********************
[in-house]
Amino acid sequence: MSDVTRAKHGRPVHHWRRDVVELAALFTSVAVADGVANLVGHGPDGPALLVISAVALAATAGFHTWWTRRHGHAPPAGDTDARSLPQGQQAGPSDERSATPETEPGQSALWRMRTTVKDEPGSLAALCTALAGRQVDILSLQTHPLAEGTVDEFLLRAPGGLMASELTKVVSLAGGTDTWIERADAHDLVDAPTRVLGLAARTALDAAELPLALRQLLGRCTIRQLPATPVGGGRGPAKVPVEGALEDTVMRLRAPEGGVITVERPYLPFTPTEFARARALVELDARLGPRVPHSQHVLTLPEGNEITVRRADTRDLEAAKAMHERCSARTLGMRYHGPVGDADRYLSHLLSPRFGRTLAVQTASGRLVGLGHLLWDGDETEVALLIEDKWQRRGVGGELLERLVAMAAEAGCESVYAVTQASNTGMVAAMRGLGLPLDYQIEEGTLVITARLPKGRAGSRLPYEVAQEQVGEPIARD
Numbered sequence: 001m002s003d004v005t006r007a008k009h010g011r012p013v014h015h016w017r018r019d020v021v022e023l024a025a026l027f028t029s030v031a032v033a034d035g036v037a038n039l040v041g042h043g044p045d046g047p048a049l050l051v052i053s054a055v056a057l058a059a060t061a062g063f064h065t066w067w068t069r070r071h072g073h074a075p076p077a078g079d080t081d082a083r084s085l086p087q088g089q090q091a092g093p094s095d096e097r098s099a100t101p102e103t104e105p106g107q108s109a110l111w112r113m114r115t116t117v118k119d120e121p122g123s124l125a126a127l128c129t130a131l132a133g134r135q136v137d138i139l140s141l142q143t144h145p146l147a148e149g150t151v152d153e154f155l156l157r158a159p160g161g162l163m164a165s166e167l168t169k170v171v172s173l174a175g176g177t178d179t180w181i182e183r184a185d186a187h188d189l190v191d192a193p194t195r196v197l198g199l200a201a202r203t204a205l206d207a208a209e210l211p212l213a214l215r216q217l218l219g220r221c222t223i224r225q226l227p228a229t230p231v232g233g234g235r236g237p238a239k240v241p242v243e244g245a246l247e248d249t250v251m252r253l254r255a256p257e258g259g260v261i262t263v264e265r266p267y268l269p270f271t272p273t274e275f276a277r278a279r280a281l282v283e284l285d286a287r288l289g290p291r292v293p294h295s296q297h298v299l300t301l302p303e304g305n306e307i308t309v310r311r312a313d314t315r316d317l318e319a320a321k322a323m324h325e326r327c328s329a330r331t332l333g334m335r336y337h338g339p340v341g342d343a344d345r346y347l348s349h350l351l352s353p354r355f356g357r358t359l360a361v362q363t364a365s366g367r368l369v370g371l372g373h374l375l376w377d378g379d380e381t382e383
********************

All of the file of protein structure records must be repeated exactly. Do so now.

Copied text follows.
[in-house]
Amino acid sequence: MSDVTRAKHGRPVHHWRRDVVELAALFTSVAVADGVANLVGHGPDGPALLVISAVALAATAGFHTWWTRRHGHAPPAGDTDARSLPQGQQAGPSDERSATPETEPGQSALWRMRTTVKDEPGSLAALCTALAGRQVDILSLQTHPLAEGTVDEFLLRAPGGLMASELTKVVSLAGGTDTWIERADAHDLVDAPTRVLGLAARTALDAAELPLALRQLLGRCTIRQLPATPVGGGRGPAKVPVEGALEDTVMRLRAPEGGVITVERPYLPFTPTEFARARALVELDARLGPRVPHSQHVLTLPEGNEITVRRADTRDLEAAKAMHERCSARTLGMRYHGPVGDADRYLSHLLSPRFGRTLAVQTASGRLVGLGHLLWDGDETEVALLIEDKWQRRGVGGELLERLVAMAAEAGCESVYAVTQASNTGMVAAMRGLGLPLDYQIEEGTLVITARLPKGRAGSRLPYEVAQEQVGEPIARD
Numbered sequence: 001m002s003d004v005t006r007a008k009h010g011r012p013v014h015h016w017r018r019d020v021v022e023l024a025a026l027f028t029s030v031a032v033a034d035g036v037a038n039l040v041g042h043g044p045d046g047p048a049l050l051v052i053s054a055v056a057l058a059a060t061a062g063f064h065t066w067w068t069r070r071h072g073h074a075p076p077a078g079d080t081d082a083r084s085l086p087q088g089q090q091a092g093p094s095d096e097r098s099a100t101p102e103t104e105p106g107q108s109a110l111w112r113m114r115t116t117v118k119d120e121p122g123s124l125a126a127l128c129t130a131l132a133g134r135q136v137d138i139l140s141l142q143t144h145p146l147a148e149g150t151v152d153e154f155l156l157r158a159p160g161g162l163m164a165s166e167l168t169k170v171v172s173l174a175g176g177t178d179t180w181i182e183r184a185d186a187h188d189l190v191d192a193p194t195r196v197l198g199l200a201a202r203t204a205l206d207a208a209e210l211p212l213a214l215r216q217l218l219g220r221c222t223i224r225q226l227p228a229t230p231v232g233g234g235r236g237p238a239k240v241p242v243e244g245a246l247e248d249t250v251m252r253l254r255a256p257e258g259g260v261i262t263v264e265r266p267y268l269p270f271t272p273t274e275f276a277r278a279r280a281l282v283e284l285d286a287r288l289g290p291r292v293p294h295s296q297h298v299l300t301l302p303e304g305n306e307i308t309v310r311r312a313d314t315r316d317l318e319a320a321k322a323m324h325e326r327c328s329a330r331t332l333g334m335r336y337h338g339p340v341g342d343a344d345r346y347l348s349h350l351l352s353p354r355f356g357r358t359l360a361v362q363t364a365s366g367r368l369v370g371l372g373h374l375l376w377d378g379d380e381t382e383